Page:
71 Oliver Twist - Charles Dickens
72 Dracula - Bram Stoker

73 The Secret Garden - Frances Hodgson Burnett
74 Notes From A Small Island - Bill Bryson
75 Ulysses - James Joyce

76 The Bell Jar - Sylvia Plath
77 Swallows and Amazons - Arthur Ransome
78 Germinal - Emile Zola
79 Vanity Fair - William Makepeace Thackeray
80 [Possession - A. S. Byatt]
81 A Christmas Carol - Charles Dickens
82 Cloud Atlas - David Mitchell
83 The Color Purple - Alice Walker

84 The Remains of the Day - Kazuo Ishiguro
85 Madame Bovary - Gustave Flaubert
86 A Fine Balance - Rohinton Mistry
87 Charlotte's Web - EB White

88 The Five People You Meet In Heaven - Mitch Albom
89 Adventures of Sherlock Holmes - Sir Arthur Conan Doyle
90 The Faraway Tree Collection - Enid Blyton
91 Heart of Darkness - Joseph Conrad
92 The Little Prince - Antoine De Saint-Exupery
93 The Wasp Factory - Iain Banks

94 Watership Down - Richard Adams
95 A Confederacy of Dunces - John Kennedy Toole
96 A Town Like Alice - Nevil Shute
97 The Three Musketeers - Alexandre Dumas
98 Hamlet - William Shakespeare
99 Charlie and the Chocolate Factory - Roald Dahl

100 Les Miserables - Victor Hugo

So that's 57/100 except that one is missing so it's 57/99. There are one or two I'm not sure whether I've read them or not, so put not just in case. I've never heard of about 5 of them. I didn't study Hamlet at school, but I have seen it. I'm not one to dip into Shakespeare for a quiet read.

Well, I'm relieved to see I'm moderately well-read. I'd be more impressed if I hadn't forgotten practically everything except a basic idea of the plot though, and sometimes not even that...!


  1. Well, I can't be bothered to reprint the list but I just wanted to say that one of my favourite books of all time is "The Remains of the Day" by Kazuo Ishiguro. I really think you ought to read it! Then again, perhaps we haven't got the same taste in books - I really didn't enjoy reading A S Byatt. Love all of Jane Austen though.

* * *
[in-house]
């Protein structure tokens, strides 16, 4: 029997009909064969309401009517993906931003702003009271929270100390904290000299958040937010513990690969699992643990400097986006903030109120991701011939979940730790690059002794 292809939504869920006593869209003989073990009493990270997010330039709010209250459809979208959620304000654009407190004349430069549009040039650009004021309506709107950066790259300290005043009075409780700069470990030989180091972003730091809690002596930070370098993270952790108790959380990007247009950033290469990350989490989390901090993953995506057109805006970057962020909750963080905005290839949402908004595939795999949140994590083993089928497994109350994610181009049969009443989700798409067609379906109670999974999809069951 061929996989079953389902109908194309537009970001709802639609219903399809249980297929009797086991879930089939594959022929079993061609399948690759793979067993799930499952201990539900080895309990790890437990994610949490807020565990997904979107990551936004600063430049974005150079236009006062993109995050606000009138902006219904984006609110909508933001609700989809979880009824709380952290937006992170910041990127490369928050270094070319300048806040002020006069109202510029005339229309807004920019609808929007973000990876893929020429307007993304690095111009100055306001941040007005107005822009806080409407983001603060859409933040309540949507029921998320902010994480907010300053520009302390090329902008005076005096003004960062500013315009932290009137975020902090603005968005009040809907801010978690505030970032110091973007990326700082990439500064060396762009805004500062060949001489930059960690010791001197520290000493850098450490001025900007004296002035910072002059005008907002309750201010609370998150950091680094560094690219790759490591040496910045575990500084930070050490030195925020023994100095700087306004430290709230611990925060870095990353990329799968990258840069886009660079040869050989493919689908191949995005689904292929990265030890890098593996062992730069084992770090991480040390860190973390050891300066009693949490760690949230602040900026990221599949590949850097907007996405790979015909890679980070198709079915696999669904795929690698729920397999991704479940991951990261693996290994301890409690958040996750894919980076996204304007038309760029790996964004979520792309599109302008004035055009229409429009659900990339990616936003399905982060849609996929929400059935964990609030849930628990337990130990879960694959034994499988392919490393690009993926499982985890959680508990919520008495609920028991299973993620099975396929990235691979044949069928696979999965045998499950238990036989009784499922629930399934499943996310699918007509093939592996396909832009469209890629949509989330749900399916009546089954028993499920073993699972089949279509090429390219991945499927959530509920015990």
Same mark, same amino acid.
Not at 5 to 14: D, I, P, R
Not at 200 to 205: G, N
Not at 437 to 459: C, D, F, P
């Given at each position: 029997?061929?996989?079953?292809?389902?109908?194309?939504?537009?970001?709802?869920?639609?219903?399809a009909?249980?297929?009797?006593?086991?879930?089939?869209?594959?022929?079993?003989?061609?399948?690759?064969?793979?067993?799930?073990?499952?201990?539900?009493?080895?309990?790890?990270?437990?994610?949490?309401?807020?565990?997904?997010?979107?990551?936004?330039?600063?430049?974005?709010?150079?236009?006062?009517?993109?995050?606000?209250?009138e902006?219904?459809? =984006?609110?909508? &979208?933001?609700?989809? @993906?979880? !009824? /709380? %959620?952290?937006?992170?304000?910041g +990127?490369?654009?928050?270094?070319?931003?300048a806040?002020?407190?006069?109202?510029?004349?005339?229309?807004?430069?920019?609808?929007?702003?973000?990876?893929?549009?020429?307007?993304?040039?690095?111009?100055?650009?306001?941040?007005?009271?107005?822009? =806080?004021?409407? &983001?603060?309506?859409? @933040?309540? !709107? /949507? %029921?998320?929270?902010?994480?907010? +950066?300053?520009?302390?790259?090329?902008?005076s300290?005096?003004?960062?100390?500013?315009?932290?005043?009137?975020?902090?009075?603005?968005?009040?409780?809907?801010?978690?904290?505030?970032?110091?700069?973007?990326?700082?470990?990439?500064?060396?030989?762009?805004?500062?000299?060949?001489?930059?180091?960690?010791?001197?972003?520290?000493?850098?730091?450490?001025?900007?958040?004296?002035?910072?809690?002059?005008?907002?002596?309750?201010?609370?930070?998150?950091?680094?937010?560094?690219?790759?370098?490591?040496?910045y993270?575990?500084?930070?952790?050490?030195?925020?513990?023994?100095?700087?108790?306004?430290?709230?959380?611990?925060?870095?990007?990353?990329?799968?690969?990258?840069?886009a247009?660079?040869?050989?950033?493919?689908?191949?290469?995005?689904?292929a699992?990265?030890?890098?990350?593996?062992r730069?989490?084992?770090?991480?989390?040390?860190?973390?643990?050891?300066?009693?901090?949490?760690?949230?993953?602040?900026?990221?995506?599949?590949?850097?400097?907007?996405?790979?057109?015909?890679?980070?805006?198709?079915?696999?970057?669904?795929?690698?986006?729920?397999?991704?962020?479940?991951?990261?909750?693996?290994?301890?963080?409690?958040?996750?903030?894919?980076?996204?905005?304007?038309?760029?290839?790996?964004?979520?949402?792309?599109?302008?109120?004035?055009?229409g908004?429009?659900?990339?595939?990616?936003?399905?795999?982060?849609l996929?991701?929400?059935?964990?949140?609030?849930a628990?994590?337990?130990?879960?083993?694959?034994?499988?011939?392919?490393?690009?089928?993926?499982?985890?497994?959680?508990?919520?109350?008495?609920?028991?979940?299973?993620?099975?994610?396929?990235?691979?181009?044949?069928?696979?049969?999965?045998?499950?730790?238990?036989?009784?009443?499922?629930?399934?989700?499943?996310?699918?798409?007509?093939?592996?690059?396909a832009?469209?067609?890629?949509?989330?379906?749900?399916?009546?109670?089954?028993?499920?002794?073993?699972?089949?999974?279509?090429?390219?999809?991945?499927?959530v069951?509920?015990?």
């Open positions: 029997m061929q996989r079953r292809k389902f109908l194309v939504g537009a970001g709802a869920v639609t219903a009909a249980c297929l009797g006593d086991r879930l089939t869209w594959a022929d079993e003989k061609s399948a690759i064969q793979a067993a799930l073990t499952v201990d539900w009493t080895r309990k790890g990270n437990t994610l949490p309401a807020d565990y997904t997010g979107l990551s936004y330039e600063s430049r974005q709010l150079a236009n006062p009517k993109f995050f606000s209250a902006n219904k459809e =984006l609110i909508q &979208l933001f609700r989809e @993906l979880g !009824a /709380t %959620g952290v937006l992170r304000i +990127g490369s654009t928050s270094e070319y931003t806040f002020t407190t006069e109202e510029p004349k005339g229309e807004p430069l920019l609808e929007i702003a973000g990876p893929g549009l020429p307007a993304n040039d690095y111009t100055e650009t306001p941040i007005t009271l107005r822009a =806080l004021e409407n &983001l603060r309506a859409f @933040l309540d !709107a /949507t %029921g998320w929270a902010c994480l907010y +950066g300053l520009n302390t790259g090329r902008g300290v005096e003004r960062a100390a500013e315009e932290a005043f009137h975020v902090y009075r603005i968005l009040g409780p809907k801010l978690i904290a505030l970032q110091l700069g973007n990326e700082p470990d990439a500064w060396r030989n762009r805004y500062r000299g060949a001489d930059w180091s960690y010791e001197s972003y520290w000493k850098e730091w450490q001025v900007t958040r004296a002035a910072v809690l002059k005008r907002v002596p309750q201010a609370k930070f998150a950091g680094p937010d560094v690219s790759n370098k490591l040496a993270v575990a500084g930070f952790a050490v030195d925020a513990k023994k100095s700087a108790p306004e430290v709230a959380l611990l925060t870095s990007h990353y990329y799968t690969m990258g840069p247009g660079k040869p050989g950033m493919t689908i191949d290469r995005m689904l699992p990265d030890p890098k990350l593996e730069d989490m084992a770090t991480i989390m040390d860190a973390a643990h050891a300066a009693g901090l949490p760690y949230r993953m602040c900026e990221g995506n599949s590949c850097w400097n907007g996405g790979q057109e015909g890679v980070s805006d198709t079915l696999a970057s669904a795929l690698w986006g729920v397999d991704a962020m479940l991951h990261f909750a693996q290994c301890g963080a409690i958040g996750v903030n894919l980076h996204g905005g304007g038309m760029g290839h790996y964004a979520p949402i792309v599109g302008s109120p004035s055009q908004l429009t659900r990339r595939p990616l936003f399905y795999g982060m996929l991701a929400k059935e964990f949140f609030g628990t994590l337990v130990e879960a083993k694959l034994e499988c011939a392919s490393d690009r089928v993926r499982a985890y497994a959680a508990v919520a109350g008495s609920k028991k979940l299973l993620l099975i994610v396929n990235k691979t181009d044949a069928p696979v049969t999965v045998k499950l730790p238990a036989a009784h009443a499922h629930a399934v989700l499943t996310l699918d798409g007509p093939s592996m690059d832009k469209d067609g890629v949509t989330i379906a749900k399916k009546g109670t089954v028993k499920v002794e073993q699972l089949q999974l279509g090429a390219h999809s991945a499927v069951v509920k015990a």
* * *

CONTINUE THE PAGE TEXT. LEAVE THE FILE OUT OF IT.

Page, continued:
2. Do you have to have FINISHED them??

  3. Gigi, although we both might have great minds, we don't have to have identical great minds. Variety is the spice... etc.

    Julie - I burst out laughing at your comment. Not sure what the official critical mass is you have to get through to consider them read, but to be on the safe side I'd say Yes, you have to have finished them.

  4. Oh dear, oh dear, I have practically read all of least 6/10th....and no way am I well read...just read it all, and probably forget it all, but am always "under influence" during and after.

  5. Don't bother with "On The Road". Instead, read "Off The Road" -- a highly cynical account by Kerouac's ex-wife detailing what REALLY went on from the female perspective. Terrific.

    btw I'm back from the Lodèvois, with blissful memories of vin rosé and huitres be Bouzigues.

  6. OMG that is virtually what my list would have looked like, although I admit I have read the Harry Potter series. I started Atonement but just couldn't finish it, so I'm about to watch the DVD instead: cop out, I know.

  7. Best to let others wade through the toughies, WM, and weed out the best bits to repackage them into a more palatable film. I'm all for cop-outs.

    That was quick, expat!